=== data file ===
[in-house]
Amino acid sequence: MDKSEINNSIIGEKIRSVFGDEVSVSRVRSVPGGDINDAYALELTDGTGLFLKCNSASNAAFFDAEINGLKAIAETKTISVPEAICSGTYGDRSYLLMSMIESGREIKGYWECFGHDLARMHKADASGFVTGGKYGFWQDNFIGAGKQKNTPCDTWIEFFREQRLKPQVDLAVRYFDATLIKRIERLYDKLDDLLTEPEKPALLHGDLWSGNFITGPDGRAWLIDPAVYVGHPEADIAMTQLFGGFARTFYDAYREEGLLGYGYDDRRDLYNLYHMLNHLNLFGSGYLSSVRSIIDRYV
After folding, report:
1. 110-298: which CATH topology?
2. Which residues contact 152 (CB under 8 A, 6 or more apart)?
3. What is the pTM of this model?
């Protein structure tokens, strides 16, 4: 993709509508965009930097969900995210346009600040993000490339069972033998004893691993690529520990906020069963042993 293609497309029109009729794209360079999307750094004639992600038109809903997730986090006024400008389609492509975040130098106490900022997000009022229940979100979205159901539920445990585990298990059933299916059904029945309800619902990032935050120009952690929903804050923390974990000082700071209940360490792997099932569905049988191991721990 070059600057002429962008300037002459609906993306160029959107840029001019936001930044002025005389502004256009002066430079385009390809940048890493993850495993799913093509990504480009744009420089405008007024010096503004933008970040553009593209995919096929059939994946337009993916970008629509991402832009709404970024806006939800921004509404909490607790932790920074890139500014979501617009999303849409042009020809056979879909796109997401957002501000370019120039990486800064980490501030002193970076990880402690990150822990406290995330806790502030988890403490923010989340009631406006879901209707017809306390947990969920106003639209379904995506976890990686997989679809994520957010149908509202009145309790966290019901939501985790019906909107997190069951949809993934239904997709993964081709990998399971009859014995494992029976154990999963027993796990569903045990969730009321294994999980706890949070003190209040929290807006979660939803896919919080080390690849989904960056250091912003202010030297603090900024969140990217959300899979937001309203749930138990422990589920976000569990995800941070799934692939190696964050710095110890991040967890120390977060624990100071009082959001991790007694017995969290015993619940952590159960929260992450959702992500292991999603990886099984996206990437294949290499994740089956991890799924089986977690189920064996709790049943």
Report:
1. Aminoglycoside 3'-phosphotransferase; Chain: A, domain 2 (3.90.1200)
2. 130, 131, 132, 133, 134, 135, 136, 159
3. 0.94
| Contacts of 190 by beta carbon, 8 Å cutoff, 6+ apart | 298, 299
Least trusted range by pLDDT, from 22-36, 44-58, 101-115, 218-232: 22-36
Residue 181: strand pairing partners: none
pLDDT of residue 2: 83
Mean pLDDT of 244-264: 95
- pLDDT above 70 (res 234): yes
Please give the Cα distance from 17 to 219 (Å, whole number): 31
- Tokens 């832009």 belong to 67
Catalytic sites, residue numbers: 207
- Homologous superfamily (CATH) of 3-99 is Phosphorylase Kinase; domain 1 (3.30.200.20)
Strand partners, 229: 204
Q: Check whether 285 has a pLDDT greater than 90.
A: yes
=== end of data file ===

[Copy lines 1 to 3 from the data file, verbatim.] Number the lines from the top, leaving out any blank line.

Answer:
[in-house]
Amino acid sequence: MDKSEINNSIIGEKIRSVFGDEVSVSRVRSVPGGDINDAYALELTDGTGLFLKCNSASNAAFFDAEINGLKAIAETKTISVPEAICSGTYGDRSYLLMSMIESGREIKGYWECFGHDLARMHKADASGFVTGGKYGFWQDNFIGAGKQKNTPCDTWIEFFREQRLKPQVDLAVRYFDATLIKRIERLYDKLDDLLTEPEKPALLHGDLWSGNFITGPDGRAWLIDPAVYVGHPEADIAMTQLFGGFARTFYDAYREEGLLGYGYDDRRDLYNLYHMLNHLNLFGSGYLSSVRSIIDRYV
After folding, report: